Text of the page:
Seen to be right
Ethical issues are no longer the province of the fringe, says Roger Adams.
Ethical issues are no longer the province of the fringe, says Roger Adams.
What do mighty blue chips like Shell, BT, Diageo and Body Shop have Adams. in common with relative minnows like Ben & Jerry’s, Traidcraft and Shared Earth?
And why has KPMG acquired Body Shop’s ethical audit team and launched a Sustainability Advisory Service at the same time as PricewaterhouseCoopers is launching a ‘reputational risk’ service for its clients?
One answer lies in the statement made by KPMG’s UK senior partner Mike Rake at the time of Body Shop acquisition. ‘In recent years,’ he said, ‘it has become increasingly evident that a wide range of leading companies recognise that financial performance is not the only yardstick by which their sustainability should be measured … KPMG seeks to be an innovator in this field and by forming this strategic alliance with the recognised leader in sustainability reporting we shall be able to provide a unique service to our clients.’ According to KPMG’s estimates the new activity will be worth some #20m in fees within three years.
The notion that companies have responsibilities to groups other than their immediate shareholders or lenders is not new, but the late 1990s seem to have marked the point at which the fringe has become the norm – where what was once deeply suspicious and threatening has become something keenly sought after by the most unlikely of suitors.
Of course, market forces have something to do with this transition. In his public presentations, John Elkington, executive director of SustainAbility, refers to the ‘CNN world’ in which we live as a ‘goldfish bowl’ existence where no one and, more relevantly, no company is able to shield its activities from the public gaze and from society’s criticism. Questionable corporate social and ethical behaviour can be almost instantaneously spotlighted by campaign groups worldwide. For example, the issue might be environmental (McDonalds) or human rights (Shell), scientific (Monsanto), indigenous people (ABB) or child labour (Nike). The result, however, is the same – possibly unwarranted but always unwanted high-profile negative publicity.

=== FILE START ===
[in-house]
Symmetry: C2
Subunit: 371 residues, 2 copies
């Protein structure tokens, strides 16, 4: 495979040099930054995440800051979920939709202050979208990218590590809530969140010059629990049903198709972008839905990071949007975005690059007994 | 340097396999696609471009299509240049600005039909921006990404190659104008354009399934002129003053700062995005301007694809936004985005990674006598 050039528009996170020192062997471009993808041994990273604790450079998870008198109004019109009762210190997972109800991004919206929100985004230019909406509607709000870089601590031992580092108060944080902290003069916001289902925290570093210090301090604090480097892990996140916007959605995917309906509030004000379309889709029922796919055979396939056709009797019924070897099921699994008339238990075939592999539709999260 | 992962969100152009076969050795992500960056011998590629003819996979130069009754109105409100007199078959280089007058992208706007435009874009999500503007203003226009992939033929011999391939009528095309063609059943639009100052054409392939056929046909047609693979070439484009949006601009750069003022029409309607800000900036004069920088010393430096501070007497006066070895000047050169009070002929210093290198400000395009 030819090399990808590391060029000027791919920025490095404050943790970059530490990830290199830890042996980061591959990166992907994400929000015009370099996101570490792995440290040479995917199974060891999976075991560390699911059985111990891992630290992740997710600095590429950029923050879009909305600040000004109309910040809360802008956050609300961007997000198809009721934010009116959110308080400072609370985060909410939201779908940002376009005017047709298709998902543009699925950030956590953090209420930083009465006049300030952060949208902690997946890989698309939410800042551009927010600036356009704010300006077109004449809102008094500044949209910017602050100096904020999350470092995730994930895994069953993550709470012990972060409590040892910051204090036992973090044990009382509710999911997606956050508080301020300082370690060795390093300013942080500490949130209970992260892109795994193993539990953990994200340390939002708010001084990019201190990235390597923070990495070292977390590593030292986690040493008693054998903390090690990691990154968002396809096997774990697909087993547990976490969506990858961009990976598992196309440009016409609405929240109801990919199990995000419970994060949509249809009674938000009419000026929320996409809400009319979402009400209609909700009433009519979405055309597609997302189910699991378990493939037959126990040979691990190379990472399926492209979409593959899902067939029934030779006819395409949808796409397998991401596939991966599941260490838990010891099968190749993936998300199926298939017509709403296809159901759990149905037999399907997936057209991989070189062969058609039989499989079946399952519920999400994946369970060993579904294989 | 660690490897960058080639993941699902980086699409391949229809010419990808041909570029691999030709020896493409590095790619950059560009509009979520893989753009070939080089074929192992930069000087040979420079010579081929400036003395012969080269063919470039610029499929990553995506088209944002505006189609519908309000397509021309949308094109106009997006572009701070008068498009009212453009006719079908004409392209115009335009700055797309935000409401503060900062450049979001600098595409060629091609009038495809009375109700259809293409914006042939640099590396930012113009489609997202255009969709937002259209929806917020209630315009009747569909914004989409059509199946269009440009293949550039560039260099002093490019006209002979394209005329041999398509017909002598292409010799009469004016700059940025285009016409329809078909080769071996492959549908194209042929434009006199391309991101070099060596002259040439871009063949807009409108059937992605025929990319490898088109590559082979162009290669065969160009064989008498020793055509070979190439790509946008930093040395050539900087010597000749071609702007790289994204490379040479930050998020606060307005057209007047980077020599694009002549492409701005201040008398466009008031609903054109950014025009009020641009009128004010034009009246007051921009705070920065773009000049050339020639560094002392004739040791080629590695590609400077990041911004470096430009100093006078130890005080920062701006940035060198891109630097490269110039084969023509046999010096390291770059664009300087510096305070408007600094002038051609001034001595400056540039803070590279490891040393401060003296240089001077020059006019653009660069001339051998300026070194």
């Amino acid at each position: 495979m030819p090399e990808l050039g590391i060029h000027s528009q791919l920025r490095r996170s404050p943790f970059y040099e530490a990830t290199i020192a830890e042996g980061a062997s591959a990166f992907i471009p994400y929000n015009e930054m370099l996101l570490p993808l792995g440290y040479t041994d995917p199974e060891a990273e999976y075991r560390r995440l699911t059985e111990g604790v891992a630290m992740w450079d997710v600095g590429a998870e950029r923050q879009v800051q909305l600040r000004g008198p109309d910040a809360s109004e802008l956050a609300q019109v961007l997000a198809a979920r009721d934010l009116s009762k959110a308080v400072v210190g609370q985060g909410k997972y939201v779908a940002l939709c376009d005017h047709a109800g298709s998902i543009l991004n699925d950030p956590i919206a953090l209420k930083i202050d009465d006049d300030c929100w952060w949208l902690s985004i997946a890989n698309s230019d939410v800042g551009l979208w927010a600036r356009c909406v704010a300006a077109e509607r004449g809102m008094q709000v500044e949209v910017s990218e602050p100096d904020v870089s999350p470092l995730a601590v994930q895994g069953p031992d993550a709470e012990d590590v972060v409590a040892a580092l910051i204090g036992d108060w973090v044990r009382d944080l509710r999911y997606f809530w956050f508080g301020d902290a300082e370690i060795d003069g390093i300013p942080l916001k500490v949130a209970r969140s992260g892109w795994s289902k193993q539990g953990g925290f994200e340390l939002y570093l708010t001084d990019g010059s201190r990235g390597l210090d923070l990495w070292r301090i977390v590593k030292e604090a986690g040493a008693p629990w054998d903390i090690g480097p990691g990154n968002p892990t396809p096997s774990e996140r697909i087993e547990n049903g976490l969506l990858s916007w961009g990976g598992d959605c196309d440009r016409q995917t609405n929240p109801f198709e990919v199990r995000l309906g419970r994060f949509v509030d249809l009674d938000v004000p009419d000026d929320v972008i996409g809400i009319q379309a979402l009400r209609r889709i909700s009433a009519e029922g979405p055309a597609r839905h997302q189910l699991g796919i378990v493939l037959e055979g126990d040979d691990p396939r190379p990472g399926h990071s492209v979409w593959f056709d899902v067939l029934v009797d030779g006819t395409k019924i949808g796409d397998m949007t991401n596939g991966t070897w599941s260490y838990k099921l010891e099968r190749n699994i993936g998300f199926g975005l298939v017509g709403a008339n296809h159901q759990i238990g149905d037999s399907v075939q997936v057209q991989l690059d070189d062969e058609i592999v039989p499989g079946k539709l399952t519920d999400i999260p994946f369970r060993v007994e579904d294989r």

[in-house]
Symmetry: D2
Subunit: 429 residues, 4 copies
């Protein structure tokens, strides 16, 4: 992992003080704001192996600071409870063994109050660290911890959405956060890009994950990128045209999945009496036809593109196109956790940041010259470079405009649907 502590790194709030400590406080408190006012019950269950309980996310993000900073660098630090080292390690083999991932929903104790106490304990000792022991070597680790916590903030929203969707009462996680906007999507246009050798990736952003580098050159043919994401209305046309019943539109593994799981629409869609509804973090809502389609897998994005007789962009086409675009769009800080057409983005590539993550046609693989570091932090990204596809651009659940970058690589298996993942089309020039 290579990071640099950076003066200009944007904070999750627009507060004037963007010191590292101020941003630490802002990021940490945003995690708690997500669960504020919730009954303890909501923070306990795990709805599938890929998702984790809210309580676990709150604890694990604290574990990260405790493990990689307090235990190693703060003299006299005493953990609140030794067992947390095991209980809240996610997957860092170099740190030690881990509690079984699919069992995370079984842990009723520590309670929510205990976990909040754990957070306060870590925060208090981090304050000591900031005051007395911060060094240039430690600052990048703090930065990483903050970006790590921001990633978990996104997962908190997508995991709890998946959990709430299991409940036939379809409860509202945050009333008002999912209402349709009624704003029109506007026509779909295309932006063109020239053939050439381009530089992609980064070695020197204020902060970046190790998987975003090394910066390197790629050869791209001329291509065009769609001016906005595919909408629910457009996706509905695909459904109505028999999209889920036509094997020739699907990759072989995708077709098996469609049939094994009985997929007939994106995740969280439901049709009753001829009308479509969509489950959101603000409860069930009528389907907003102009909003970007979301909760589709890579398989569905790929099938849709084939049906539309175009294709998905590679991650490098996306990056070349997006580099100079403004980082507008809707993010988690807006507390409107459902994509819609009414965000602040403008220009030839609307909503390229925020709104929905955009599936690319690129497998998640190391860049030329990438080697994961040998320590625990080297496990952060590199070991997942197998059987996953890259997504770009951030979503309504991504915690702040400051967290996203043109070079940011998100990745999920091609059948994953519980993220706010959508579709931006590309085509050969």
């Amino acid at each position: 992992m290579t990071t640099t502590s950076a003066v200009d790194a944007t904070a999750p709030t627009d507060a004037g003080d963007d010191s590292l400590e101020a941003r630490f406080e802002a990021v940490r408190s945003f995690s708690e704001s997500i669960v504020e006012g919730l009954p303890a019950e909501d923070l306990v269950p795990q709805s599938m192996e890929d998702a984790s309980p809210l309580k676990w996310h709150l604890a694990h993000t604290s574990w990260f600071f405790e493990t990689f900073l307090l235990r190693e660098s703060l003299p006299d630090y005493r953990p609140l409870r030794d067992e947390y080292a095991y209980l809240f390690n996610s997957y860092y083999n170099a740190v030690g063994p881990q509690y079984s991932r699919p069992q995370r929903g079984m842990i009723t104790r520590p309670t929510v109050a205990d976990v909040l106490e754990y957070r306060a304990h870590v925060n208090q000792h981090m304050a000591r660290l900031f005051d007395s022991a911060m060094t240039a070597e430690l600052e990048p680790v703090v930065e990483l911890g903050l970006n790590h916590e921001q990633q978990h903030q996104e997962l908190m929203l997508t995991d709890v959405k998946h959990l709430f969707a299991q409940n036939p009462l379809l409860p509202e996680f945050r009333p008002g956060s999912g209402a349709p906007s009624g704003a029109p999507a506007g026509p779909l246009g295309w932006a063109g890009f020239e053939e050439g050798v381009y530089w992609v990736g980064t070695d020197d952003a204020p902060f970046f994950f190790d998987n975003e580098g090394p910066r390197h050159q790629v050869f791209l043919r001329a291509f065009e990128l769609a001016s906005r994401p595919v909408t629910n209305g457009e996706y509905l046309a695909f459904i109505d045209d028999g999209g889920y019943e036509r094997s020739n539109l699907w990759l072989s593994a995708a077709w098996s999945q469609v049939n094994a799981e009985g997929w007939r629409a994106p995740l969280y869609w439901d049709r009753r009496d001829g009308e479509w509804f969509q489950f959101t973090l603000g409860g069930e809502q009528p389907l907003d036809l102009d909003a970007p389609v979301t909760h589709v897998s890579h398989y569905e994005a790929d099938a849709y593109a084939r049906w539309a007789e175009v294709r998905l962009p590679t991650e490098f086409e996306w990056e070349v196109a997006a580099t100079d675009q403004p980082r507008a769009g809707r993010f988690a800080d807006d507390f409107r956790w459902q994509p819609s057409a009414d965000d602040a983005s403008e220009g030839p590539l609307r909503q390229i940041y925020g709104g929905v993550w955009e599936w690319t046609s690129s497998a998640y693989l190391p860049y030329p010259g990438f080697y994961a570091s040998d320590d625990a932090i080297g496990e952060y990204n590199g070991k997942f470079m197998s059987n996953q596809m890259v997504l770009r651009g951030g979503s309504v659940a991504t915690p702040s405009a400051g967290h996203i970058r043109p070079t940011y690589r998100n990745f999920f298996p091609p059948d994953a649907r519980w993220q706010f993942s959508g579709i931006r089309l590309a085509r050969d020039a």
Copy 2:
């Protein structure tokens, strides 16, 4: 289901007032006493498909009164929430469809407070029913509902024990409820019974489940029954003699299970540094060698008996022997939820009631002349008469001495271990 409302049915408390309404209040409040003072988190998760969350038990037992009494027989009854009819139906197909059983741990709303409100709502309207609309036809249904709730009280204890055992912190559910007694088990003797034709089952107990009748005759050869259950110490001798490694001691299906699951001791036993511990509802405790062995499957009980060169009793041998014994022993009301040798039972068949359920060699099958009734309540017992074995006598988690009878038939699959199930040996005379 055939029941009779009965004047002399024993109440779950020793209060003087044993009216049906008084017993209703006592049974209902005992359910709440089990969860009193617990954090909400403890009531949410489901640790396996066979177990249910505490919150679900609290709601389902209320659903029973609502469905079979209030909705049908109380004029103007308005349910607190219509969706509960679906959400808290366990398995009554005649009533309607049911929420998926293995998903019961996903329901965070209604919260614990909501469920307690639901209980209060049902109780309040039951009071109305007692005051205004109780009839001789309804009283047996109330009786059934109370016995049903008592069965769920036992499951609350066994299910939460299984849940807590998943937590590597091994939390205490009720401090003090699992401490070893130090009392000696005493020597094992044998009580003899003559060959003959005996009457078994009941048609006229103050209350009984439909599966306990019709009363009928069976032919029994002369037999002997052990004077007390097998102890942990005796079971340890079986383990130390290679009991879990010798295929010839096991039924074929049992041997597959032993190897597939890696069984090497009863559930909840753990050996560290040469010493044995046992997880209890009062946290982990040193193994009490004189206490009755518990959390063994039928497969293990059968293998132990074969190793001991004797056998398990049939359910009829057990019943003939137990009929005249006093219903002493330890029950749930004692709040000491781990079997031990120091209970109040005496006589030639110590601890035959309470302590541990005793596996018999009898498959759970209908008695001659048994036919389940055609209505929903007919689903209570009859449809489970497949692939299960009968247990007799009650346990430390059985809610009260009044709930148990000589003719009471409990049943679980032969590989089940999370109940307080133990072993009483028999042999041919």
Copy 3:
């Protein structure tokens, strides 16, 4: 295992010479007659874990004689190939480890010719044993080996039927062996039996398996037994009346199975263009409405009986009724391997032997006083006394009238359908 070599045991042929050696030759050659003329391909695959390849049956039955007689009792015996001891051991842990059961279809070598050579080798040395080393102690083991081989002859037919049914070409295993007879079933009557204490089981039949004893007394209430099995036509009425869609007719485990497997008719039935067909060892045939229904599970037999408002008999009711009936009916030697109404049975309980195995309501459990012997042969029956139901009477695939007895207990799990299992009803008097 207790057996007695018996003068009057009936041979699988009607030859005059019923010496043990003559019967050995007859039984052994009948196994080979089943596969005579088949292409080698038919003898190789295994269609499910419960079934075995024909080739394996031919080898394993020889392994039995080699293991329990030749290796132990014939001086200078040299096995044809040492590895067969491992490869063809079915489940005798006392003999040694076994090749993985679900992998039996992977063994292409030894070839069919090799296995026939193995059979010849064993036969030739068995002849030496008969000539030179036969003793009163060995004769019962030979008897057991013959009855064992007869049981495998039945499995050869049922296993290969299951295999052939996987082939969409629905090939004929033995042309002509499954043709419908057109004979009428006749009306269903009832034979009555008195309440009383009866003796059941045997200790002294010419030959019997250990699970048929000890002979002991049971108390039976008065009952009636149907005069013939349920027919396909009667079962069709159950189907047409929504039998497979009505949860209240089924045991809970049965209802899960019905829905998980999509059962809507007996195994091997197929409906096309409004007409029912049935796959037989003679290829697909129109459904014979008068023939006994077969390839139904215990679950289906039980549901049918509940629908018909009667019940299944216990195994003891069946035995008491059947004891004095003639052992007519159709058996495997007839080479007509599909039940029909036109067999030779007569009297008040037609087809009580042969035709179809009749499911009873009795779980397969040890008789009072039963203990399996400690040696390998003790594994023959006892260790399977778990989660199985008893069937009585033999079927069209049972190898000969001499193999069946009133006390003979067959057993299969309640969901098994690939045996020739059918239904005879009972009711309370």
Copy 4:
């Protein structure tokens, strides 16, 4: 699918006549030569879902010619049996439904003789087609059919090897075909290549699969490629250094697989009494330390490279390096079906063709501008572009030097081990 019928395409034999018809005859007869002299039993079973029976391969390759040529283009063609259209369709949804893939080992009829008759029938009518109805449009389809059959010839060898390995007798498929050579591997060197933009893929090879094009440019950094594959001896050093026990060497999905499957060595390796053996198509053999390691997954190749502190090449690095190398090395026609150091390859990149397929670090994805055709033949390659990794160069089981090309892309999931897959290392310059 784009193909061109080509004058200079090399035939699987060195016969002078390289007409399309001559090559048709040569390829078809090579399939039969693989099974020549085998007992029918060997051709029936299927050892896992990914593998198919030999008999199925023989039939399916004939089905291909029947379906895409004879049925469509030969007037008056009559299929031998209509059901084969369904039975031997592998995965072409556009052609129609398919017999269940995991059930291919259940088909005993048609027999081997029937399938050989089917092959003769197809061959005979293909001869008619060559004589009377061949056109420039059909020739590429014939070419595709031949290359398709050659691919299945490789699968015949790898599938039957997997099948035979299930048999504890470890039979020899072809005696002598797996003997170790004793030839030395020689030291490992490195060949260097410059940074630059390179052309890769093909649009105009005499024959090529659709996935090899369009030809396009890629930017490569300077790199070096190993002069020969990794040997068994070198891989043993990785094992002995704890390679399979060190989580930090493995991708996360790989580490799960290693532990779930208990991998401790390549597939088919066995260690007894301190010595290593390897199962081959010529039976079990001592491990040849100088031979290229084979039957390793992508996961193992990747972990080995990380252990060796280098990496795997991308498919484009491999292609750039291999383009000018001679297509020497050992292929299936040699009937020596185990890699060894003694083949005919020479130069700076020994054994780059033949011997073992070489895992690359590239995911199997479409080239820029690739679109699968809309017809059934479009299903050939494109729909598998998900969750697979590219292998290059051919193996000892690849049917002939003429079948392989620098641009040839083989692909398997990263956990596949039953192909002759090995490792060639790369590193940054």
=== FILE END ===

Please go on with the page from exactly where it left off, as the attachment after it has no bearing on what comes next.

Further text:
The power of the stakeholder society has never been stronger.
Making values count is the title of report commissioned by ACCA and written by social accounting experts from the New Economics Foundation and the Institute for Social and Ethical Accountability. The report seeks to set out a framework for social and ethical reporting that is as rigorous as that developed for financial reporting. This framework is based around a set of core principles that form a conceptual framework for social reporting.
What would a typical social report contain? There are no standards as yet, but a clue is provided in a document called SA 8000. SA 8000 stands for Social Accountability 8000. It is a standard, not unlike the ISO 9000 (quality management) and ISO 14000 (environmental management) series of standards, which ensures the ethical sourcing for production of goods and services. SA 8000 sets out basic standards and procedures regarding health and safety, the use of child labour, forced labour, trade union rights, remuneration and working hours, together with the management systems to deliver them. SA 8000 is an initiative from the Council on Economic Priorities Accreditation Agency (CEPAA).
SGS International, an international certification provider, summarises the scope of SA 8000 as follows: SA 8000 is a voluntary standard which specifies minimum requirements and includes definitions in the following areas:
– child labour: minimum age; young workers’ school attendance
– forced labour: not permitted
– health & safety: health & safety in the working environment; prevention of accidents and injury; H&S training; clean & sanitary support facilities; access to potable water